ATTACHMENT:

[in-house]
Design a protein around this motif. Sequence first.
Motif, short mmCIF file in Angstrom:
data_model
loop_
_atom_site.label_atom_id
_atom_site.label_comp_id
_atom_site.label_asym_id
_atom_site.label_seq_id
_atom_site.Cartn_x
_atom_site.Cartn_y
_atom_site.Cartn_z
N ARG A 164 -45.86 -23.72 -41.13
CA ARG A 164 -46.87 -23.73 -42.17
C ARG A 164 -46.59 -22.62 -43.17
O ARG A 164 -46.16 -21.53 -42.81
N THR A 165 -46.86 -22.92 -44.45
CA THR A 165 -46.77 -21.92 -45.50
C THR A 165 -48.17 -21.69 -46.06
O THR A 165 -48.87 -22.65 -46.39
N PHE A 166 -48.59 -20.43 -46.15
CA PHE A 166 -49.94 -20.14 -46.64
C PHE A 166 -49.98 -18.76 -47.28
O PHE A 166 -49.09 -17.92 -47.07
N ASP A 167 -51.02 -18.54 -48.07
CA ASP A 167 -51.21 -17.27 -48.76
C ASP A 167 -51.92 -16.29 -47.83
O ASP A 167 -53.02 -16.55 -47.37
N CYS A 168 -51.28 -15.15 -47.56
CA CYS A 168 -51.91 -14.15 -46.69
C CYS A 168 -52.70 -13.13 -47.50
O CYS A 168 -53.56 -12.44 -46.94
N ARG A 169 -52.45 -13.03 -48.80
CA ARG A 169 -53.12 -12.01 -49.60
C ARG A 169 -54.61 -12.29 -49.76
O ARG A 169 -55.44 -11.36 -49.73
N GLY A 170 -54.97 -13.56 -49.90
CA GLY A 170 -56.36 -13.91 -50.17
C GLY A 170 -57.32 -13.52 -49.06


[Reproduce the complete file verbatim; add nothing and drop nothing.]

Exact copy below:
[in-house]
Design a protein around this motif. Sequence first.
Motif, short mmCIF file in Angstrom:
data_model
loop_
_atom_site.label_atom_id
_atom_site.label_comp_id
_atom_site.label_asym_id
_atom_site.label_seq_id
_atom_site.Cartn_x
_atom_site.Cartn_y
_atom_site.Cartn_z
N ARG A 164 -45.86 -23.72 -41.13
CA ARG A 164 -46.87 -23.73 -42.17
C ARG A 164 -46.59 -22.62 -43.17
O ARG A 164 -46.16 -21.53 -42.81
N THR A 165 -46.86 -22.92 -44.45
CA THR A 165 -46.77 -21.92 -45.50
C THR A 165 -48.17 -21.69 -46.06
O THR A 165 -48.87 -22.65 -46.39
N PHE A 166 -48.59 -20.43 -46.15
CA PHE A 166 -49.94 -20.14 -46.64
C PHE A 166 -49.98 -18.76 -47.28
O PHE A 166 -49.09 -17.92 -47.07
N ASP A 167 -51.02 -18.54 -48.07
CA ASP A 167 -51.21 -17.27 -48.76
C ASP A 167 -51.92 -16.29 -47.83
O ASP A 167 -53.02 -16.55 -47.37
N CYS A 168 -51.28 -15.15 -47.56
CA CYS A 168 -51.91 -14.15 -46.69
C CYS A 168 -52.70 -13.13 -47.50
O CYS A 168 -53.56 -12.44 -46.94
N ARG A 169 -52.45 -13.03 -48.80
CA ARG A 169 -53.12 -12.01 -49.60
C ARG A 169 -54.61 -12.29 -49.76
O ARG A 169 -55.44 -11.36 -49.73
N GLY A 170 -54.97 -13.56 -49.90
CA GLY A 170 -56.36 -13.91 -50.17
C GLY A 170 -57.32 -13.52 -49.06